Preparing for the Storm in Groves, Texas
STEVE INSKEEP, host:
And we're going next to Groves, Texas, population 15,000, and it could be right near Rita's path near the Texas-Louisiana border. In fact, when you look at this map showing the track of the hurricane, it passes right near Groves, Texas. Groves Mayor Brad Bailey says he is evacuating the city and preparing to leave himself.
Mayor BRAD BAILEY (Grove, Texas): We're inundated with chemical plants and refineries here, so that's a big concern, because if we get 20-foot, 22-foot of storm surge--Port Arthur levees are gauged at about 14 foot, so, you know, we're looking at a whole lot of issues here right now, getting our emergency vehicles and people out of harm's way so that we can turn around and come back. We have two nursing homes and a hospital that have been evacuated, so we're good on that front. And we all have our evacuation routes planned.
INSKEEP: Mayor, have your evacuation plans and overall hurricane plans been modified at all after what everyone saw with Hurricane Katrina?
Mayor BAILEY: And that's what ironic about the whole thing. We have not made any changes to our emergency plan other than trying to convince people to get out. I've been on the TV telling people that they need to get out, period. We called for a mandatory evacuation; they don't heed that, then, you know, the buck stops with them.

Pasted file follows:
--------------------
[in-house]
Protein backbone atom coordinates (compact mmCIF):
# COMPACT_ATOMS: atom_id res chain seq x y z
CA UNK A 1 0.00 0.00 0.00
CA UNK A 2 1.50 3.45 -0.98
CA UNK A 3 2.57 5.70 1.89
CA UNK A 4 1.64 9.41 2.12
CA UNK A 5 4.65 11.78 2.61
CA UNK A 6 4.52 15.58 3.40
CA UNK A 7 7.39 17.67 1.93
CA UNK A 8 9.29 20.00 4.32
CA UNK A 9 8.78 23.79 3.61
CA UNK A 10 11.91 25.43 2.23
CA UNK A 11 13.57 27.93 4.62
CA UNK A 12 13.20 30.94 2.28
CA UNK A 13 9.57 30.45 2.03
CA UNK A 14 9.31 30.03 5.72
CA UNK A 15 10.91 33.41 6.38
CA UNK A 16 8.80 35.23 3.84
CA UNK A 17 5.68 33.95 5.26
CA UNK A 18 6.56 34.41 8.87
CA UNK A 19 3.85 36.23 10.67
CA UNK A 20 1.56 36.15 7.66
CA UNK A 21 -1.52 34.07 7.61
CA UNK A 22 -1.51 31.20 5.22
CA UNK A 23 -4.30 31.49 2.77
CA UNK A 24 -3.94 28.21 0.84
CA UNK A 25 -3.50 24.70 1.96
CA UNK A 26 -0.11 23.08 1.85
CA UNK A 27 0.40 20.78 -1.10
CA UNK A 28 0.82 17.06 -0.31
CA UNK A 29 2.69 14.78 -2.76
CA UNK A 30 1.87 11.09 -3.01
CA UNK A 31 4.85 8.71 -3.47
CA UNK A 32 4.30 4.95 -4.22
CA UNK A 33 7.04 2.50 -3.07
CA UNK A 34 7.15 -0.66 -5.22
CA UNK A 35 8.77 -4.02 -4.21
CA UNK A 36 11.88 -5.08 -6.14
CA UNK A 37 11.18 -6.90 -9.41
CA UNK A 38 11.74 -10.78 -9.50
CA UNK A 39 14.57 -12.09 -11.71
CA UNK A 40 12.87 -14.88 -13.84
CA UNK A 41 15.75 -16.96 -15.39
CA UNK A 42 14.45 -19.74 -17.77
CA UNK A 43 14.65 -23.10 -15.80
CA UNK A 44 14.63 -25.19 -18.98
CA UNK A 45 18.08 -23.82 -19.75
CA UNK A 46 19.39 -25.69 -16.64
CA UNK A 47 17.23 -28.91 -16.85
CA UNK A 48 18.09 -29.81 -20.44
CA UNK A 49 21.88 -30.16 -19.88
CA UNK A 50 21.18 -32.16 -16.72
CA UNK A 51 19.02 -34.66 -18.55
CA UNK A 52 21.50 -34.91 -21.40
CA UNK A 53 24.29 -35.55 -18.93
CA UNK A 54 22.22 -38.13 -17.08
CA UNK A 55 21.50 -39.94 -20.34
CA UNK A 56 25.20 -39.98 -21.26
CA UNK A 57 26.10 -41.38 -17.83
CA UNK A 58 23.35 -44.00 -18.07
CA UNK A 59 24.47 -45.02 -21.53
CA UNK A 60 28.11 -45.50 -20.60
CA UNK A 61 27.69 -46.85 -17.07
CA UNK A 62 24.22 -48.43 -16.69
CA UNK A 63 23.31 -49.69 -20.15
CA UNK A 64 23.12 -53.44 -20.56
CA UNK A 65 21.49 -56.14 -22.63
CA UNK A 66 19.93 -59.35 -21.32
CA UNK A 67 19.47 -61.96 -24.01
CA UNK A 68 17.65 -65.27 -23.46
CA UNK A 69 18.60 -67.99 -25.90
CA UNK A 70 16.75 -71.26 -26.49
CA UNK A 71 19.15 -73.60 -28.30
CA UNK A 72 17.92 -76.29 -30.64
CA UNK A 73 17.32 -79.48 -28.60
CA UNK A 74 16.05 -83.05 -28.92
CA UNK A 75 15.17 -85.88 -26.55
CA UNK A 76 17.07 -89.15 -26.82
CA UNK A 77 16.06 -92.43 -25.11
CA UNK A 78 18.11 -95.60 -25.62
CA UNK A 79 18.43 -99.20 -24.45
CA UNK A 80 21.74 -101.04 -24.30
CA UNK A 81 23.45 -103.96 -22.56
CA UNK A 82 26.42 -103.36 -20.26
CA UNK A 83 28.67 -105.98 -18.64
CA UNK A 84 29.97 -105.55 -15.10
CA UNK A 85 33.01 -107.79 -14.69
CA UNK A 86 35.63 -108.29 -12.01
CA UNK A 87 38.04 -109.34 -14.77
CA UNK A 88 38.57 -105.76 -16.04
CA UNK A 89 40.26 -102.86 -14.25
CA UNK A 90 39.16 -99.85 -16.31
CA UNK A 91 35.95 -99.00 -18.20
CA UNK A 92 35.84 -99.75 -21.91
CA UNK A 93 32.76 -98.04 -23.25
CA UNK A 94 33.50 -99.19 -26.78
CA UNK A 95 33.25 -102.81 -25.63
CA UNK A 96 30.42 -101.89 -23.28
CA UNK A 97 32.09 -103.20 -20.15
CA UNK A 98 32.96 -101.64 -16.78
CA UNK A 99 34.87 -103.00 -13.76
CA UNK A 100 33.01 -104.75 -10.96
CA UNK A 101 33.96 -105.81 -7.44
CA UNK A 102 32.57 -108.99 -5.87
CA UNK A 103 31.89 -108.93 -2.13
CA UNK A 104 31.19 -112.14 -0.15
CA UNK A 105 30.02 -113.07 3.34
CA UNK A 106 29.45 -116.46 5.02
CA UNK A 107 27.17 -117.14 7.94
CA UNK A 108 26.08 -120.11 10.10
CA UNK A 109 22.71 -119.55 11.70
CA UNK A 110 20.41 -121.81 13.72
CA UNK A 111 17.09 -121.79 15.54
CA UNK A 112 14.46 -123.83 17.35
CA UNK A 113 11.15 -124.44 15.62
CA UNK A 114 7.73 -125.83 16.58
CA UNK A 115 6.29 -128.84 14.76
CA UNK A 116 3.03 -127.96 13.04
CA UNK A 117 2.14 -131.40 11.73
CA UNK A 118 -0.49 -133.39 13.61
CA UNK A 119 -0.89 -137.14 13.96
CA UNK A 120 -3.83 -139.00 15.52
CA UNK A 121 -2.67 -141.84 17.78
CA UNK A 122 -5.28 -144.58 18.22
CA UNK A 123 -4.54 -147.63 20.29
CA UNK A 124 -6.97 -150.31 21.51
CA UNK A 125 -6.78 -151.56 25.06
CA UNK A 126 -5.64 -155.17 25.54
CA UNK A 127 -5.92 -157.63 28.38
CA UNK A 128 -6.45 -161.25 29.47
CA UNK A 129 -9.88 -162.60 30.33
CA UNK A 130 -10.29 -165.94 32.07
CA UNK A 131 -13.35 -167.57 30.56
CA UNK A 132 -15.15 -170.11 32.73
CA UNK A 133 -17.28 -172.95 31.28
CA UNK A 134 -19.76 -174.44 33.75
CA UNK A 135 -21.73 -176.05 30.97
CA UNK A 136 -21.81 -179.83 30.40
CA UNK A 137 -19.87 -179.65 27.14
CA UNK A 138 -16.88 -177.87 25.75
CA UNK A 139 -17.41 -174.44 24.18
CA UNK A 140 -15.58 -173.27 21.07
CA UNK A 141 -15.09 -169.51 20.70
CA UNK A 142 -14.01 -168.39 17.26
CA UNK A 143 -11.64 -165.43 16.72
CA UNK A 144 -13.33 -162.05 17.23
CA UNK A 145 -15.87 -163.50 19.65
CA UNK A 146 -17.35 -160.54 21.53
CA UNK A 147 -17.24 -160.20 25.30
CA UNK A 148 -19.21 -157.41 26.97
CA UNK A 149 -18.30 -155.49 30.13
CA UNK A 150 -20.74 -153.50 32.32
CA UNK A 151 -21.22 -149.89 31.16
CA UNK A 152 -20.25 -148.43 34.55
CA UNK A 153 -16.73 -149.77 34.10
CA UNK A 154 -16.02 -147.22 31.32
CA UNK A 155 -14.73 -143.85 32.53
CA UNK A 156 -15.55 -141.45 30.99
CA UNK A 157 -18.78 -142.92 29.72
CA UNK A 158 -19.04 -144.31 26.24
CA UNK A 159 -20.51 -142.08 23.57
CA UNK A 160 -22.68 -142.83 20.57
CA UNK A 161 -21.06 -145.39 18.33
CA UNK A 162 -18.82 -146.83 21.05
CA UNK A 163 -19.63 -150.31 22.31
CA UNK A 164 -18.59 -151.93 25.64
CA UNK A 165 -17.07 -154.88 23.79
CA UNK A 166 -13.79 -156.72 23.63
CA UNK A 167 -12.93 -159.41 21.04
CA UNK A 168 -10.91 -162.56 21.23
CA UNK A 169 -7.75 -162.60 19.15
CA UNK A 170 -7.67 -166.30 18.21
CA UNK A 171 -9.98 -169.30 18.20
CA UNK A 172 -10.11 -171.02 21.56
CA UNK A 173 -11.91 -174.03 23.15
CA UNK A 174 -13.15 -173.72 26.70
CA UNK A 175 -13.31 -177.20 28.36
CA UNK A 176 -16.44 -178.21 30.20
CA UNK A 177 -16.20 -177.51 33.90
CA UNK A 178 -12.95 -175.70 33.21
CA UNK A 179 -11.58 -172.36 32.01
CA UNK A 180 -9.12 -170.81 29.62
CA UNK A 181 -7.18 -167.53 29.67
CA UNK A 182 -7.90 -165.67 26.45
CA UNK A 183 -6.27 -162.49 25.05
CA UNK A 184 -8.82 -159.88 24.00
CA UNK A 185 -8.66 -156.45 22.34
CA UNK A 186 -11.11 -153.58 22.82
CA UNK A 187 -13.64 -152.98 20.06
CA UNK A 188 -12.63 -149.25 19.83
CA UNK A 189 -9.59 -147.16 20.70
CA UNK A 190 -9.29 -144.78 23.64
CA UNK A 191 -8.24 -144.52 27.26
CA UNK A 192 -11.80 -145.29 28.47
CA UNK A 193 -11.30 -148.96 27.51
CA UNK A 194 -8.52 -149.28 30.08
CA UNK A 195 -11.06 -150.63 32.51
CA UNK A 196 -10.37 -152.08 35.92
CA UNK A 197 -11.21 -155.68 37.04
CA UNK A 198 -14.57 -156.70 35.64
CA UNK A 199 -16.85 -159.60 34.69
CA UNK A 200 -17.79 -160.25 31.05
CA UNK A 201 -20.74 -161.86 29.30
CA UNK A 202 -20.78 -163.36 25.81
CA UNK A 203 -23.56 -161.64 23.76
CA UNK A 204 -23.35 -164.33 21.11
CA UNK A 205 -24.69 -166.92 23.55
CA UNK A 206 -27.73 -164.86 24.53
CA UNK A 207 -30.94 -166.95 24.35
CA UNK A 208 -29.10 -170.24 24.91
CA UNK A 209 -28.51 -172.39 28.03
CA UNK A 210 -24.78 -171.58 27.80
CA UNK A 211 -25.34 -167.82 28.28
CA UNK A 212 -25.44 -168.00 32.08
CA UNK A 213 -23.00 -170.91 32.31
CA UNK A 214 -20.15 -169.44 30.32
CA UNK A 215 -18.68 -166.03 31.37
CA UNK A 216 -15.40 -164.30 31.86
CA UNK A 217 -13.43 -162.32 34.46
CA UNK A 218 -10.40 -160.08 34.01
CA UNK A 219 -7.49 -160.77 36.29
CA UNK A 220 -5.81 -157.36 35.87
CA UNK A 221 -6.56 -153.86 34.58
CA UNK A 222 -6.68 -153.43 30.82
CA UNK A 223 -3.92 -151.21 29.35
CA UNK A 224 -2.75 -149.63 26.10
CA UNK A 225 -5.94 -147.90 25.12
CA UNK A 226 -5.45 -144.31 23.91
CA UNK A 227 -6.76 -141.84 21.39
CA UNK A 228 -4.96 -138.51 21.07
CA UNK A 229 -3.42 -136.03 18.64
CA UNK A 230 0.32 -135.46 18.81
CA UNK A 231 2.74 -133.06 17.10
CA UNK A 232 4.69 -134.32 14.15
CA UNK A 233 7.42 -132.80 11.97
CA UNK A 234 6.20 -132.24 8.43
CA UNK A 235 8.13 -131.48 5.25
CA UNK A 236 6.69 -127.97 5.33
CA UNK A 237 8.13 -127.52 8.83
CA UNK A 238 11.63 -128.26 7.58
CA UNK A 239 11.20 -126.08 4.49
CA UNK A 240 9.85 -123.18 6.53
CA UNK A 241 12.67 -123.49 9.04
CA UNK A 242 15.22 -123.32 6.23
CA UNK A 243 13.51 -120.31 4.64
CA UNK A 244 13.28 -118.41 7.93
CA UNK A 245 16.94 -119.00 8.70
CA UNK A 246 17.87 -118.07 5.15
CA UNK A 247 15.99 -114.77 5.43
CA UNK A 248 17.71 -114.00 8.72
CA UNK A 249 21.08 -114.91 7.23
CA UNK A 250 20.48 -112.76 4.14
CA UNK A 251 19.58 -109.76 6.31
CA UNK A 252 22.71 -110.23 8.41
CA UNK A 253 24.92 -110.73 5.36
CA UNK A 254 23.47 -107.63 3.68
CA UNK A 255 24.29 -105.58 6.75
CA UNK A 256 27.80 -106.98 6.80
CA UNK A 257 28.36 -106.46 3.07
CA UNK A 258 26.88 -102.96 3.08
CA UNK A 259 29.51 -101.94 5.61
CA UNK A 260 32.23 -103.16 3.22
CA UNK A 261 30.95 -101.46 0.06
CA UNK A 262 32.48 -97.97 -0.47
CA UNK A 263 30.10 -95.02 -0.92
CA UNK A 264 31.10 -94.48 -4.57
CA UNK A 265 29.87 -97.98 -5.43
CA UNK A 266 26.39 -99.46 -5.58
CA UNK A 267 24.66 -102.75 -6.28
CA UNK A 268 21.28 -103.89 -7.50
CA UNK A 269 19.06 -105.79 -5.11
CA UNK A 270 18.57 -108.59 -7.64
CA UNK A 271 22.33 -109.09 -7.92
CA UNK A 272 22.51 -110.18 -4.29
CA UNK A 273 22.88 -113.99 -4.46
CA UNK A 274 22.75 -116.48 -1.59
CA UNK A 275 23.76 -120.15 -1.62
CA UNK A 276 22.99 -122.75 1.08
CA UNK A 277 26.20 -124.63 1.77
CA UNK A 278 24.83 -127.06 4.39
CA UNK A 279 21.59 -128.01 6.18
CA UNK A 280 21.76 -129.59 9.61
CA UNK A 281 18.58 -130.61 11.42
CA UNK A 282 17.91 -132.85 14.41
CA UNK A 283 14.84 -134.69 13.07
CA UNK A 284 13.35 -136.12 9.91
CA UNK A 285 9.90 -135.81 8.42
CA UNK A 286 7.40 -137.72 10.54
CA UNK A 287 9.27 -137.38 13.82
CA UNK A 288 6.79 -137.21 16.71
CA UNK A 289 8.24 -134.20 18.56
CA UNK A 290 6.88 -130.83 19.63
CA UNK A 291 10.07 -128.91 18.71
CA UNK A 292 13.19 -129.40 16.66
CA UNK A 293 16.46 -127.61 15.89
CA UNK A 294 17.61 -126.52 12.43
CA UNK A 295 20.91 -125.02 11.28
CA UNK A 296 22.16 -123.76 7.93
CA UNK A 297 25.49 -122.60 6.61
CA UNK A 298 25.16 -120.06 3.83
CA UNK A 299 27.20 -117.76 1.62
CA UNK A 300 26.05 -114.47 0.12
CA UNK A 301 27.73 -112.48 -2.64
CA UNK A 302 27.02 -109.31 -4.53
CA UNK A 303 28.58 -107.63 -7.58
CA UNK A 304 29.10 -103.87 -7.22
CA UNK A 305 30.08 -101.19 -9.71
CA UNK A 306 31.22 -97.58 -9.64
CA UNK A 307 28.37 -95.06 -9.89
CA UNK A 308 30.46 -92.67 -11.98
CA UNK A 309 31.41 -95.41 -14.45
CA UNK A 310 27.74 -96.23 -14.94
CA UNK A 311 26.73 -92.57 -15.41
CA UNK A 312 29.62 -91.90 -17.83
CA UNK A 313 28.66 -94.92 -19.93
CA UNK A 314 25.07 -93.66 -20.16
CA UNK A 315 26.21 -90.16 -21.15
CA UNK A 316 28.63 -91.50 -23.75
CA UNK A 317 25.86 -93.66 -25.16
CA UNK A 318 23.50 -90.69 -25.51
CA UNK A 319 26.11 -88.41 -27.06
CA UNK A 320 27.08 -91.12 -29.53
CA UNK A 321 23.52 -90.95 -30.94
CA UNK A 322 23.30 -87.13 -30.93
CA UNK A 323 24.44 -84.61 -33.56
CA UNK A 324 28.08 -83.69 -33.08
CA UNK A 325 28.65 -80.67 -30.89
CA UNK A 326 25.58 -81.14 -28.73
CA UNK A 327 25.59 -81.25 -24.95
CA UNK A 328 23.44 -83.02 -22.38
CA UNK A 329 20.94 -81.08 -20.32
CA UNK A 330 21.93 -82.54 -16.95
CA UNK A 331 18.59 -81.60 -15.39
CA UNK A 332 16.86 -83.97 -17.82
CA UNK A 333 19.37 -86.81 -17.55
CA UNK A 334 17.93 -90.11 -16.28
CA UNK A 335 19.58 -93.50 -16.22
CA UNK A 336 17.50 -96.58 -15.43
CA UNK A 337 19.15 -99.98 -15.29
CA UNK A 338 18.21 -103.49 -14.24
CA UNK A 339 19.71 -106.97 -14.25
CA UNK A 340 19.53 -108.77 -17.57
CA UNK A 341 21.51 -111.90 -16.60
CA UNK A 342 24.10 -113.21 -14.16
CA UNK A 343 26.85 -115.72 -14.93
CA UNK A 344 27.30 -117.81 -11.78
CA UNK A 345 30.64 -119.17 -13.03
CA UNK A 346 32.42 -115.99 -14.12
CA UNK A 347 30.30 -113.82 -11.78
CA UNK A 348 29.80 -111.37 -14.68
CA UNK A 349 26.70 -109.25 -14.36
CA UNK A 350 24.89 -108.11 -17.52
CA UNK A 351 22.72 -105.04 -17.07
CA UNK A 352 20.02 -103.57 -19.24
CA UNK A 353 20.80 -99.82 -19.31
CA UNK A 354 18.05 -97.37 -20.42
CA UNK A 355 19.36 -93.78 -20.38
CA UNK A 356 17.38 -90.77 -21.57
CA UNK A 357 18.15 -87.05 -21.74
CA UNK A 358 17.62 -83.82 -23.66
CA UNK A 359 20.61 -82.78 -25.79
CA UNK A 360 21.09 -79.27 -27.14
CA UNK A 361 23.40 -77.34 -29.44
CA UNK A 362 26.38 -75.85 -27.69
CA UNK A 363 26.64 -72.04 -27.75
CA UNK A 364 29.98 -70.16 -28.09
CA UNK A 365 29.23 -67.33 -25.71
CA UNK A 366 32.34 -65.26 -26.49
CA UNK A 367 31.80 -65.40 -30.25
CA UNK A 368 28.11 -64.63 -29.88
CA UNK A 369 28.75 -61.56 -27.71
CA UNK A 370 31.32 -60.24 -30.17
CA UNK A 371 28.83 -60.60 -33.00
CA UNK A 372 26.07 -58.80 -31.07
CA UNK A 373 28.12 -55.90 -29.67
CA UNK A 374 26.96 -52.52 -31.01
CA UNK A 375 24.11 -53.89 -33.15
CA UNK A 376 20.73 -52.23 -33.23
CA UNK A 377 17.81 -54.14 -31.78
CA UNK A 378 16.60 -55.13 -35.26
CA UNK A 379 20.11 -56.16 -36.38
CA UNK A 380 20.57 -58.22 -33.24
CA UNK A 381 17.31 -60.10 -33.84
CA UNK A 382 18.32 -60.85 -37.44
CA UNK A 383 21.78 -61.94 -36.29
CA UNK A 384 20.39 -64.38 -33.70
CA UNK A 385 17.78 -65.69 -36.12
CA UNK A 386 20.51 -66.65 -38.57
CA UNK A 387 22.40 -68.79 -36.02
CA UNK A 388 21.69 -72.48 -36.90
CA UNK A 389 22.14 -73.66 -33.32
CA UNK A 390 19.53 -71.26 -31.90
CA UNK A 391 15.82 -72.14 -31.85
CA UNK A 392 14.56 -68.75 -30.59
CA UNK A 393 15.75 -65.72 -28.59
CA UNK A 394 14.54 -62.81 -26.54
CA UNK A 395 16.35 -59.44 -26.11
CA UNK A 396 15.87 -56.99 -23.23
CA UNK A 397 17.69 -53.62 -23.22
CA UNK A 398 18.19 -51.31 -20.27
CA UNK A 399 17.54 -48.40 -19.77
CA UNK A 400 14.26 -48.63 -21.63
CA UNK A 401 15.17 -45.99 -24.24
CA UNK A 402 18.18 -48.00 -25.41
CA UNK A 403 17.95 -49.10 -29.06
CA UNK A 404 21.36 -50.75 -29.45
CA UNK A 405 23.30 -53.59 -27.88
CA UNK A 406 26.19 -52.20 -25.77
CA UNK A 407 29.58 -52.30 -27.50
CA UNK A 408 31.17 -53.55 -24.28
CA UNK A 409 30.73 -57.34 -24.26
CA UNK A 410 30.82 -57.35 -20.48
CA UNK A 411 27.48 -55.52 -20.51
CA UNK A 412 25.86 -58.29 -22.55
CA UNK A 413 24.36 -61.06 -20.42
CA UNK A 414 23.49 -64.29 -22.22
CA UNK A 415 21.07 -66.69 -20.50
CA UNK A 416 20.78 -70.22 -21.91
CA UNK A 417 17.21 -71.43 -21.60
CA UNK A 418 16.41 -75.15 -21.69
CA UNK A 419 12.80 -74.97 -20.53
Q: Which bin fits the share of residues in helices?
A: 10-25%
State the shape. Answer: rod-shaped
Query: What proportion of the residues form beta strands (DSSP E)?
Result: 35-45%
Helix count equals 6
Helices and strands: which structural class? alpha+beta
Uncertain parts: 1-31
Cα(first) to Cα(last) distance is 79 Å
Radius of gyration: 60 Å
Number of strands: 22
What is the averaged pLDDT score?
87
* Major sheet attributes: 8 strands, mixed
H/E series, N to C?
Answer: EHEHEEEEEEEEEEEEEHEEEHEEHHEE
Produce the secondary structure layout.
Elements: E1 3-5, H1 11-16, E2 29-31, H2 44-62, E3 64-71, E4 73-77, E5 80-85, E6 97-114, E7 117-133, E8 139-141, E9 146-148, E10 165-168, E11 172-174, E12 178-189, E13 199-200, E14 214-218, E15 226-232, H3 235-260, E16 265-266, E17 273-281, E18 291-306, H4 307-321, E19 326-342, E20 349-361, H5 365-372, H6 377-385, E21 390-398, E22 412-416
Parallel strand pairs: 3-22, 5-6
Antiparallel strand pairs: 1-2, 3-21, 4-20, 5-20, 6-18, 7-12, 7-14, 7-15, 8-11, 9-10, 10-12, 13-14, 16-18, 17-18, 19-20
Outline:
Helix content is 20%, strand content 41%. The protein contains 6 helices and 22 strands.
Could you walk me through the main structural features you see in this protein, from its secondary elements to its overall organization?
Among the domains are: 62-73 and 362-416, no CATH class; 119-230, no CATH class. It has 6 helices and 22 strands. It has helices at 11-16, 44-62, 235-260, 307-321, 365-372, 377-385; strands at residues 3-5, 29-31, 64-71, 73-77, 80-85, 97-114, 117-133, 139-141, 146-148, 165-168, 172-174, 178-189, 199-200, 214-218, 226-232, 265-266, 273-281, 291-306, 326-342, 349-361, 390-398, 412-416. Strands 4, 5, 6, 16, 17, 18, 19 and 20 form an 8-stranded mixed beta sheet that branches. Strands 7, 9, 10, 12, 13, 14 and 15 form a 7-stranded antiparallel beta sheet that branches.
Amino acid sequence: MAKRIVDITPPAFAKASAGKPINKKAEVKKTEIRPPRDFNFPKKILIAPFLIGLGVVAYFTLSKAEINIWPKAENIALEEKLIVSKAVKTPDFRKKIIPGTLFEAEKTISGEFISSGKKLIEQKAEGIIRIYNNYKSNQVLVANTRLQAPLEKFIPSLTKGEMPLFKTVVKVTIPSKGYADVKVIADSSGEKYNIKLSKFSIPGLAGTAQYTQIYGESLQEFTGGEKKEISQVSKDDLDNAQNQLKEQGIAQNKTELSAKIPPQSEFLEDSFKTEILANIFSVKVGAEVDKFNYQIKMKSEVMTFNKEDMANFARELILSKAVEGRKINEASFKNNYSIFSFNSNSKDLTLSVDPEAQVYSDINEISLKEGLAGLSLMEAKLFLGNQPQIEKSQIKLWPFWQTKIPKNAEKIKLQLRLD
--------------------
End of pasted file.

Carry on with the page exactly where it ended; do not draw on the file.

INSKEEP: Mayor, as I'm sure you know, blacks and whites in America saw the evacuation and the response to Hurricane Katrina in different ways. Are officials in your area doing anything in particular to try to reassure everyone of any race that everyone is being treated the same?
Mayor BAILEY: You know, we never really--I mean, we identify people would need transportation, you know, irregardless of color, creed or nationality, you know, that's our plan.
INSKEEP: What about issues of class? I mean, is there a part of town where people are less likely to have cars and so you...
Mayor BAILEY: Probably so, the southern part, but we've got a bus stop within walking distance of probably 60 percent, 70 percent of that area, so that's pretty impressive as far as what we've done as far as getting people out.
INSKEEP: Are you able to have a plan at this point for what you will do immediately after the storm?
Mayor BAILEY: No, sir, we haven't got that far. We do know that we're getting some aircraft in here to assess the damage. One of our key concerns is pollution and toxic materials in the water, so that will be one of our key factors in when we get people back in here. And hopefully we can get things back to, you know, some type of normalcy.
INSKEEP: Well, Mayor Brad Bailey of Groves, Texas, thanks very much.
Mayor BAILEY: Thank you, sir. You-all have a great day.
INSKEEP: And for those just joining us, we'll repeat the main news of this hour: Water is pouring over a levee in New Orleans once again. This is a levee that was damaged and was repaired. It is supposed to protect the Ninth Ward, which was severely damaged by flooding. The levee is still standing, but the water is pouring in again. The Army Corps of Engineers is hopeful that levee will stand.
You're listening to MORNING EDITION from NPR News.